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... The bearing failure at the cutting edge is important to permit the controlled sinking of the open caisson. Recently, Royston et al. (2016) conducted the experiments to identify the influence zone at the cutting edges in the sand under plane strain condition. Using Particle Image Velocimetry technique, soil displacement contours are plotted for varying cutting edge angles of 30°, 45°, 60°, 75° and 90°. ...
Chapter
Full-text available
Open caissons are sunk into the ground by removal of soil within the caisson shaft. During sinking of caisson, the stresses in the soil at the cutting edge increase and result in the bearing failure of soil. The extent of soil failure in the excavation side of the open caisson is termed as influence zone. In this paper, the finite element analysis is carried out to study the effect of geometric configuration (radius ratio and tapered angle of the cutting edge), strength parameters (c’ and φ'), unit weight of soil and surcharge on the extent of the influence zone. The caisson considered in the study is having a radius ratio of 0.8, steinning thickness of 1 m and cutting edge with a tapered angle of 45°. The reaction offered by the soil at the cutting edge is also evaluated. The identification of the extent of failure zone at the cut-ting edge of the caisson helps in devising proper excavation strategy in the field for the controlled sinking of the caisson.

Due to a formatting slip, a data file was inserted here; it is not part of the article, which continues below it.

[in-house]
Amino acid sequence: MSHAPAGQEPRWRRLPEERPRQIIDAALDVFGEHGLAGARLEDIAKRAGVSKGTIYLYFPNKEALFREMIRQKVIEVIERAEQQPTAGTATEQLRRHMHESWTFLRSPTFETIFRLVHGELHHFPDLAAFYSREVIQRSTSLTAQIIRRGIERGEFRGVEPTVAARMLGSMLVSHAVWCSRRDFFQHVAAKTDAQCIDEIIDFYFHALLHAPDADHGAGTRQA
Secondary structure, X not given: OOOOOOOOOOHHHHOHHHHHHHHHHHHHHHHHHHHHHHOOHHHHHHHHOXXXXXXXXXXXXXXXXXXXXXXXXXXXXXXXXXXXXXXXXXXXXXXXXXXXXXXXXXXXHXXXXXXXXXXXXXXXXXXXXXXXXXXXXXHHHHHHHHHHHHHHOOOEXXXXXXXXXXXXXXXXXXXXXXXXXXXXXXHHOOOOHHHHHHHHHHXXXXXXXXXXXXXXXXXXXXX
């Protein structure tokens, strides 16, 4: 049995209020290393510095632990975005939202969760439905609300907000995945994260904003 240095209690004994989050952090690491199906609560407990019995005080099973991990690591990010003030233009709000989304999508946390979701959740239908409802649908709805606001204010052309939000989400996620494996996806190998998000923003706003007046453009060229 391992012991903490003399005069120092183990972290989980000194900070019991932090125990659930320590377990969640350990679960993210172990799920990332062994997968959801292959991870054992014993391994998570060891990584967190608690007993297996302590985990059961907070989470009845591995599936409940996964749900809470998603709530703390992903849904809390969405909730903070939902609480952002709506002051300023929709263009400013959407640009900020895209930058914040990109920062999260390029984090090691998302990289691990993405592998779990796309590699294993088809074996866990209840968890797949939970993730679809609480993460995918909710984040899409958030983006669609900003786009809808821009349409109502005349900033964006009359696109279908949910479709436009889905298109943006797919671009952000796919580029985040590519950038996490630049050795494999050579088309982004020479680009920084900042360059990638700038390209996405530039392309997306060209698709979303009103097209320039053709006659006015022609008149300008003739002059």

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Thesis
Full-text available